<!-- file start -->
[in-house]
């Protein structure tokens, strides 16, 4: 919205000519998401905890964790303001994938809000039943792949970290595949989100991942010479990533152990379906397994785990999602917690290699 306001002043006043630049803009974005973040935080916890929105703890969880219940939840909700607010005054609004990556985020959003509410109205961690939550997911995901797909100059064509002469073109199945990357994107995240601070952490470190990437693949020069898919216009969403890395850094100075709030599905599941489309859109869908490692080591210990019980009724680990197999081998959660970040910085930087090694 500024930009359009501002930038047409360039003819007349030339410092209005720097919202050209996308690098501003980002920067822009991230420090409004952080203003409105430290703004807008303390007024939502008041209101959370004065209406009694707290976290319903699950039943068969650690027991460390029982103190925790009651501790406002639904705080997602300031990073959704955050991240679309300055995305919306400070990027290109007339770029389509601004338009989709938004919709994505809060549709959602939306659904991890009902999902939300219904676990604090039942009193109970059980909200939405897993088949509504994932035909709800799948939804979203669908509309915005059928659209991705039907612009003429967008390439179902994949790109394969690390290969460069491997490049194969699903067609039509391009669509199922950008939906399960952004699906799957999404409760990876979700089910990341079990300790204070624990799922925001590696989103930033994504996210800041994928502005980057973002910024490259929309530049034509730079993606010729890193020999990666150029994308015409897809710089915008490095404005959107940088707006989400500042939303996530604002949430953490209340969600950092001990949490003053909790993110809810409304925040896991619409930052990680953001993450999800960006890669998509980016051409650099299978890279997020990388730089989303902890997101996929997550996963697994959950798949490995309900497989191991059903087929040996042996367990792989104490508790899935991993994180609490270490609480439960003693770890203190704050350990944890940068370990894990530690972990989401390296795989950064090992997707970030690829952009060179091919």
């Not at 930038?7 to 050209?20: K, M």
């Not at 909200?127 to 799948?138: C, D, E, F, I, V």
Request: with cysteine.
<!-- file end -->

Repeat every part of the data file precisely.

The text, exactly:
[in-house]
């Protein structure tokens, strides 16, 4: 919205000519998401905890964790303001994938809000039943792949970290595949989100991942010479990533152990379906397994785990999602917690290699 306001002043006043630049803009974005973040935080916890929105703890969880219940939840909700607010005054609004990556985020959003509410109205961690939550997911995901797909100059064509002469073109199945990357994107995240601070952490470190990437693949020069898919216009969403890395850094100075709030599905599941489309859109869908490692080591210990019980009724680990197999081998959660970040910085930087090694 500024930009359009501002930038047409360039003819007349030339410092209005720097919202050209996308690098501003980002920067822009991230420090409004952080203003409105430290703004807008303390007024939502008041209101959370004065209406009694707290976290319903699950039943068969650690027991460390029982103190925790009651501790406002639904705080997602300031990073959704955050991240679309300055995305919306400070990027290109007339770029389509601004338009989709938004919709994505809060549709959602939306659904991890009902999902939300219904676990604090039942009193109970059980909200939405897993088949509504994932035909709800799948939804979203669908509309915005059928659209991705039907612009003429967008390439179902994949790109394969690390290969460069491997490049194969699903067609039509391009669509199922950008939906399960952004699906799957999404409760990876979700089910990341079990300790204070624990799922925001590696989103930033994504996210800041994928502005980057973002910024490259929309530049034509730079993606010729890193020999990666150029994308015409897809710089915008490095404005959107940088707006989400500042939303996530604002949430953490209340969600950092001990949490003053909790993110809810409304925040896991619409930052990680953001993450999800960006890669998509980016051409650099299978890279997020990388730089989303902890997101996929997550996963697994959950798949490995309900497989191991059903087929040996042996367990792989104490508790899935991993994180609490270490609480439960003693770890203190704050350990944890940068370990894990530690972990989401390296795989950064090992997707970030690829952009060179091919």
């Not at 930038?7 to 050209?20: K, M």
């Not at 909200?127 to 799948?138: C, D, E, F, I, V």
Request: with cysteine.